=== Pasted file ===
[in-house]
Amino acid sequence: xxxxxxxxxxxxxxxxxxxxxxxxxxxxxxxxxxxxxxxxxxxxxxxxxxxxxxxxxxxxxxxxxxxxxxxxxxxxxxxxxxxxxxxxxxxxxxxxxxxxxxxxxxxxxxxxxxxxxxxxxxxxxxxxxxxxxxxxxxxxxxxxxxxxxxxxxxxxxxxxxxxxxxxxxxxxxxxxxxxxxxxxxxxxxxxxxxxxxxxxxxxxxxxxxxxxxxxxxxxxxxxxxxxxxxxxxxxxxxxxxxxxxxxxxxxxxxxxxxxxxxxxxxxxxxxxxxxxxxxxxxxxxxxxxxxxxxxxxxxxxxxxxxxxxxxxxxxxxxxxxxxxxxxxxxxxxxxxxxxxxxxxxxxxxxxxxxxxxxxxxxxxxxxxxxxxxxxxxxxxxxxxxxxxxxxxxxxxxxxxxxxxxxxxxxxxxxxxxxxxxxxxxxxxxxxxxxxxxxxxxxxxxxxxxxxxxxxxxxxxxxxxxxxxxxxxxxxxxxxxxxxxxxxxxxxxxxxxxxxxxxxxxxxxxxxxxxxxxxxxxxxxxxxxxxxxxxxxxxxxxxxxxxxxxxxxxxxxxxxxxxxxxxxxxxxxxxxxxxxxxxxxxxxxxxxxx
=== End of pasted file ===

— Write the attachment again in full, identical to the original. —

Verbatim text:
[in-house]
Amino acid sequence: xxxxxxxxxxxxxxxxxxxxxxxxxxxxxxxxxxxxxxxxxxxxxxxxxxxxxxxxxxxxxxxxxxxxxxxxxxxxxxxxxxxxxxxxxxxxxxxxxxxxxxxxxxxxxxxxxxxxxxxxxxxxxxxxxxxxxxxxxxxxxxxxxxxxxxxxxxxxxxxxxxxxxxxxxxxxxxxxxxxxxxxxxxxxxxxxxxxxxxxxxxxxxxxxxxxxxxxxxxxxxxxxxxxxxxxxxxxxxxxxxxxxxxxxxxxxxxxxxxxxxxxxxxxxxxxxxxxxxxxxxxxxxxxxxxxxxxxxxxxxxxxxxxxxxxxxxxxxxxxxxxxxxxxxxxxxxxxxxxxxxxxxxxxxxxxxxxxxxxxxxxxxxxxxxxxxxxxxxxxxxxxxxxxxxxxxxxxxxxxxxxxxxxxxxxxxxxxxxxxxxxxxxxxxxxxxxxxxxxxxxxxxxxxxxxxxxxxxxxxxxxxxxxxxxxxxxxxxxxxxxxxxxxxxxxxxxxxxxxxxxxxxxxxxxxxxxxxxxxxxxxxxxxxxxxxxxxxxxxxxxxxxxxxxxxxxxxxxxxxxxxxxxxxxxxxxxxxxxxxxxxxxxxxxxxxxx